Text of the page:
This study further supports the notion that the major challenge for the availability of surgical services for children in LMICs worldwide is the low-skilled workforce and appropriate infrastructure.6,18,19 A recent Zambian study using the WHO SAT tool also demonstrated that lack of surgical skill was the leading factor in limiting the availability of 93% of pediatric procedures.20 We further confirmed this notion in our analysis which revealed a significant correlation between lack of skills and the non-treatment of CTEV at a rate of 86.1%. Addressing the lack of a skilled workforce is paramount in the proper treatment of CTEV across the globe. Training programs specific to CTEV have been previously explored and have been reported to significantly increase the proper use of the Ponseti method globally.21 Programs such as the early nationwide manipulation of CTEV established in Malawi’s 25 health districts have already proven to be successful. One year following the intervention, 20 out of the 25 clinics that were created were still operational and had successfully managed over 300 patients (out of 482 cases of CTEV, 327 were corrected to the plantigrade position).22 Similar training programs for other low-cost technologies such as ultrasound used in low- and middle-income countries have also proven to be successful. 12,23

Training programs that focus specifically on non-invasive methods of treating CTEV have proven to be efficacious. However, CTEV cases in LMICs have been reported to have the highest rates of disease relapse and follow-up in previous training programs have been minimal.21,24 Addressing the root causes of relapse must be a priority in any educational program. Solutions identified in a systematic review of 24 studies examining CTEV barriers in LMICs were primarily education, in addition to financial assistance, for the patient and providers.17 As the Ponseti method includes serial casting, consistent follow-up is of the utmost importance. However, one of the highest barriers to care is the financial and temporal cost of travel to CTEV clinics. Subsequently, mapping the locations of Ponseti clinics has been suggested to understand the further current burden of travel on patients within LMICs. The formation of strategically placed clinics in low-access areas may help reduce transportation costs and increase the access and continuation of care. In addition to reducing transportation costs, the standardization of correct CTEV management must also be encouraged. This has been studied extensively and the six best practices to ensure sustainability in CTEV training programs have been elucidated. These include diagnosing CTEV early, organizing high volume Ponseti casting centers, the use of non-physician health workers, engaging families care, reducing barriers to access, and providing follow-up. 25

4.3. Lack of Supplies

Our analysis highlights a correlation between lack of medical equipment and insufficient treatment of CTEV. Many institutions reported damaged or faulty materials including plaster casts and braces, which are essential to the proper non-surgical approach to CTEV treatment. This lack of supplies has placed a higher burden on patients and providers in the acquisition of appropriate care. A previous study was in agreeance with this finding, showing that out of a population of 27 LMICs, only 67% had access to splints/braces all of the time.17 In contrast with the rest of the cohort where the lack of adequate skills was the primary cited reason for the non-management of CTEV, level 1 hospitals in Bangladesh cited the lack of medical supplies as their leading cause. Bangladesh has one of the highest rates of idiopathic CTEV, reporting over 5000 new cases per annum.26,27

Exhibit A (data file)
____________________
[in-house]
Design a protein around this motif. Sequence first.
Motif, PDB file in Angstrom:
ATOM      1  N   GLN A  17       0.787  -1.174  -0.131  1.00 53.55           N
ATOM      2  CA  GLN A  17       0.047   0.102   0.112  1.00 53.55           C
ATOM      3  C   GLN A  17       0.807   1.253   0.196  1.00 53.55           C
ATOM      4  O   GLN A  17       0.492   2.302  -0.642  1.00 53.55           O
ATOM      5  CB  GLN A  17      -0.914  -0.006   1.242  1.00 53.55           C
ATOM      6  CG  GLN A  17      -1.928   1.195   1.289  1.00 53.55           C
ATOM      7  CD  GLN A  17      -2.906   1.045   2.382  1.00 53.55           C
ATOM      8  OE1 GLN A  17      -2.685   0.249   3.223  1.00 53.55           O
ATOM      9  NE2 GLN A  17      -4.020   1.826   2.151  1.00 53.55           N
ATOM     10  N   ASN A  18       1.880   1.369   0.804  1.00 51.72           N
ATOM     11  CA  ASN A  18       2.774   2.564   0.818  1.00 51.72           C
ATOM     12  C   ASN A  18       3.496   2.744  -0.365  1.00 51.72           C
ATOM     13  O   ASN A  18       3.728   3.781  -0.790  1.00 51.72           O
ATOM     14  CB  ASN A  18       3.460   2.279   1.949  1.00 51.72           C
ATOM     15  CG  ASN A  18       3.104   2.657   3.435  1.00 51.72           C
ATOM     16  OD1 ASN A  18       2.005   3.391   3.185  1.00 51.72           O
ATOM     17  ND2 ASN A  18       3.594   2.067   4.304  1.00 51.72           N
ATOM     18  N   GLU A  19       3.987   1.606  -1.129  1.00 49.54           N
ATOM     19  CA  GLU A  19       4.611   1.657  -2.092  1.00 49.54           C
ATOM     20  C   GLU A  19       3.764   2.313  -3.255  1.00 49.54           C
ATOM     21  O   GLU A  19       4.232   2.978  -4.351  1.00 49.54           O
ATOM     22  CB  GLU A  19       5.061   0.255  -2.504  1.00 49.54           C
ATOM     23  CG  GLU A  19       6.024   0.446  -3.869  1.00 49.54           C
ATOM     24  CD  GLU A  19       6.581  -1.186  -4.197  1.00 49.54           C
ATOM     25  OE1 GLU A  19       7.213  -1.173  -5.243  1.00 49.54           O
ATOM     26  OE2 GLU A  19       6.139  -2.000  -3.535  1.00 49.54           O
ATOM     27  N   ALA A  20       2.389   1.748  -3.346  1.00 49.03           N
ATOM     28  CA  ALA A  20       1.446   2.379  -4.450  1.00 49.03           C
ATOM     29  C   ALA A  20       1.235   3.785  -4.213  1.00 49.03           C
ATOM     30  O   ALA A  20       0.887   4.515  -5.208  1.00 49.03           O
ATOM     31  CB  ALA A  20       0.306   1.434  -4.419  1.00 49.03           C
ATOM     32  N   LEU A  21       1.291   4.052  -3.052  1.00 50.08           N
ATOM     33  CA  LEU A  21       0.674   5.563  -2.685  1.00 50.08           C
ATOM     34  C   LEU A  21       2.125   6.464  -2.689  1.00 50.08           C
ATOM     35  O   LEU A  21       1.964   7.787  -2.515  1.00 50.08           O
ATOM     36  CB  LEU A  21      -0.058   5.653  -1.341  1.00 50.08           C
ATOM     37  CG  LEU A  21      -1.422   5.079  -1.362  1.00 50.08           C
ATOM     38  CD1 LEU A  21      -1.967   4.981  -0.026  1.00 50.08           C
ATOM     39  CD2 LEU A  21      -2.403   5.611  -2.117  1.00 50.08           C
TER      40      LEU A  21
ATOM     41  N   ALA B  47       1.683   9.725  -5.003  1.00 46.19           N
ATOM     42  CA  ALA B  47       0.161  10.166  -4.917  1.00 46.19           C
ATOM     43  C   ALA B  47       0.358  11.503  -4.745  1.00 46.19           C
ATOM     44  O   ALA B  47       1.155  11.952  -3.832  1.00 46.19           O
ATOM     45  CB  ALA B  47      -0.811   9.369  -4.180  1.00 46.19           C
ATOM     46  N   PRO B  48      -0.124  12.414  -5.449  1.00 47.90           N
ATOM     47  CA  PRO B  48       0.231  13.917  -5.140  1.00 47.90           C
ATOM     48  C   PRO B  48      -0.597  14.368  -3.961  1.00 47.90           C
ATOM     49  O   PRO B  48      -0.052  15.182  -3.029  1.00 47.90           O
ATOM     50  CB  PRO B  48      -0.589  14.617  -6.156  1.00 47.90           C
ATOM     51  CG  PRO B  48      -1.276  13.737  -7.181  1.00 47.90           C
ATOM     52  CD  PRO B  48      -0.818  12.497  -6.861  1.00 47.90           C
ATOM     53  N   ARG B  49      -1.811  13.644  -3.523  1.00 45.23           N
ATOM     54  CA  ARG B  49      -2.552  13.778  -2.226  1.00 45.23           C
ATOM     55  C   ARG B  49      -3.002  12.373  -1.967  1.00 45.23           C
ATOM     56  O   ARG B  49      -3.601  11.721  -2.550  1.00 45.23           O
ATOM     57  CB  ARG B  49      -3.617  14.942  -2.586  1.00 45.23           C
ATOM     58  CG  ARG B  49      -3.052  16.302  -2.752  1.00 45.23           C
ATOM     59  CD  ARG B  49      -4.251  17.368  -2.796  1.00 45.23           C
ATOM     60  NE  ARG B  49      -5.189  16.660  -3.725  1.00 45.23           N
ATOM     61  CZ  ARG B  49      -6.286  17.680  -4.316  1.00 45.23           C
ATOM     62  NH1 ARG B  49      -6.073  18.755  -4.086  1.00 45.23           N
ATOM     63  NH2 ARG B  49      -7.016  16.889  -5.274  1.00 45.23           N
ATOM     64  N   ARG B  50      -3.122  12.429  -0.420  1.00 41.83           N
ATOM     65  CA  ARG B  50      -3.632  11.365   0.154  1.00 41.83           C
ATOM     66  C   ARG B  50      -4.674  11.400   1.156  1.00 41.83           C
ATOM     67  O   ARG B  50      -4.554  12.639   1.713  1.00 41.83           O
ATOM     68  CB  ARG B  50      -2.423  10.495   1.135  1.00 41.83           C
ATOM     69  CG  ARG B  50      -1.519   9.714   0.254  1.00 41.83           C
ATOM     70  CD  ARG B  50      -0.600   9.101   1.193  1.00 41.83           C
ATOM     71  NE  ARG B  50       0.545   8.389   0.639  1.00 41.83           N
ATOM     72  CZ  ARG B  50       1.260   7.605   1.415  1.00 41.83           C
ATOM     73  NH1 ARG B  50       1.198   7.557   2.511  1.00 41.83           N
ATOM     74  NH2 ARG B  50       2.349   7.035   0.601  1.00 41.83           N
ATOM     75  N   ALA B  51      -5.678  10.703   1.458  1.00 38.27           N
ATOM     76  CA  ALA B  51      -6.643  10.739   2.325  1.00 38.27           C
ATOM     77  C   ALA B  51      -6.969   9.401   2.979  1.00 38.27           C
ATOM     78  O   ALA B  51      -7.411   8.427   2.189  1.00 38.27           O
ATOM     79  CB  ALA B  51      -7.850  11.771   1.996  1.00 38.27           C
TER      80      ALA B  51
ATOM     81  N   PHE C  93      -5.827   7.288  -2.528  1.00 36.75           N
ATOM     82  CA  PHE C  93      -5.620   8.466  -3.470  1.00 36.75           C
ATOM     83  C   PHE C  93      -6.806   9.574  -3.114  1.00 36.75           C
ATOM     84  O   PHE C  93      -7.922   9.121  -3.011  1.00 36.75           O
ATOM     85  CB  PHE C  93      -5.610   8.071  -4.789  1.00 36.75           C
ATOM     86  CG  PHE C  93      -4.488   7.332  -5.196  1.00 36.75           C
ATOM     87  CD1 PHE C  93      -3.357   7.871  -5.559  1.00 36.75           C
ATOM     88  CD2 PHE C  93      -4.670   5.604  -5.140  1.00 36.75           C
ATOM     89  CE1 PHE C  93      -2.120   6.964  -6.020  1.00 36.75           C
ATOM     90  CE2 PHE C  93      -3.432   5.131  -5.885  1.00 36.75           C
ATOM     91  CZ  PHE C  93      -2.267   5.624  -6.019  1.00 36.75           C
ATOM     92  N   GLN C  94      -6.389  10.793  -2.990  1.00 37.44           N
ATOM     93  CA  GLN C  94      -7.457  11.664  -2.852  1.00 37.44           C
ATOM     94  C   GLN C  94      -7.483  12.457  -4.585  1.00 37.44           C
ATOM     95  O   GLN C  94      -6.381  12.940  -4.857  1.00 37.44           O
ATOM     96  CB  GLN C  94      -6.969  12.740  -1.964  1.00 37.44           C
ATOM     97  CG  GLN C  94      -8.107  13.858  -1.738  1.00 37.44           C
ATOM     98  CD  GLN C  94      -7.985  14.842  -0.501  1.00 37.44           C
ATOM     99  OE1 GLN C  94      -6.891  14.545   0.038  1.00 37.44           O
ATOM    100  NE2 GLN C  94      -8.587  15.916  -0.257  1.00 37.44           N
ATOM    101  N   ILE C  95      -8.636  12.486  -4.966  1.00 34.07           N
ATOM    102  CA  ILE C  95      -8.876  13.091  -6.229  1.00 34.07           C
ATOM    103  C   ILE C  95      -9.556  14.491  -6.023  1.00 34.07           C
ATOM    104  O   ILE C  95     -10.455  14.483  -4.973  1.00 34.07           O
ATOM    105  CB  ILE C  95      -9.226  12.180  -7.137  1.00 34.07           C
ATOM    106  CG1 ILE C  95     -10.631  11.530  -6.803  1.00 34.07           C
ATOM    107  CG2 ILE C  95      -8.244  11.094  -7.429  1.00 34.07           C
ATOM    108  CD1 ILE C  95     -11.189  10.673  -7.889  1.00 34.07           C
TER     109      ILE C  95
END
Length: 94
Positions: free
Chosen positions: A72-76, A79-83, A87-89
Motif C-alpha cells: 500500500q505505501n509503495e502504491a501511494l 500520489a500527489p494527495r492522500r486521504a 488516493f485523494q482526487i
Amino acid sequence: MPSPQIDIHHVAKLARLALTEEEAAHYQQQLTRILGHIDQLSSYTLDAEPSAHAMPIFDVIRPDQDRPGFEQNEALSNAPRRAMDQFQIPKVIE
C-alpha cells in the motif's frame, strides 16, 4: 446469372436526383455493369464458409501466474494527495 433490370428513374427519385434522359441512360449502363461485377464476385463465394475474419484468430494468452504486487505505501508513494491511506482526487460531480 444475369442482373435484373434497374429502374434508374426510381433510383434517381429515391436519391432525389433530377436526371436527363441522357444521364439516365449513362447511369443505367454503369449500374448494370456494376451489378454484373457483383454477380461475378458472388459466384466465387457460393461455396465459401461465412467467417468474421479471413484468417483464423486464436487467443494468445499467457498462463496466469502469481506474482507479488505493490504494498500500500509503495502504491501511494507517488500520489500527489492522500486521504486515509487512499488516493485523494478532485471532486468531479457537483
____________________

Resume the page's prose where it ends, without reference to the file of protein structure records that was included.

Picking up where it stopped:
This could suggest that the high rate of CTEV puts significant pressure on the clinical material available for each patient, such as material available for plaster casts. Furthermore, in an initiative named the Bangladesh Sustainable Clubfoot Project, Walk for Life (WFL), 13% of CTEV cases were noted to be atypical requiring special casts, furthering material costs.26 WFL consisted of 35 clinics involving overseas experts training a team of national paramedical staff including physiotherapists and non-medics. All cases underwent Ponseti casting and a total of 3,922 patients were successfully treated between 2009 and 2011. With a low complication rate of 2%, the program provides evidence for the notion that physiotherapists, paramedics and non-medics can be trained to deliver clubfoot manipulative treatment with good outcomes.

The treatment that the Ponseti method offers is often considered highly cost-effective with a ratio of USD 22.46 per disability-adjusted life year averted. Despite this, 60% of the participants in WFL reported that the material costs of USD 40 were unaffordable. This highlights that despite the relatively “low-cost” and high cost-effectiveness, barriers continue to exist in terms of accessing proper CTEV care, even when treatment is available.28 The WFL program was especially successful as the non-governmental organization was welcomed with local and government support and was provided free of cost to patients and their families.

4.4. Possible Solutions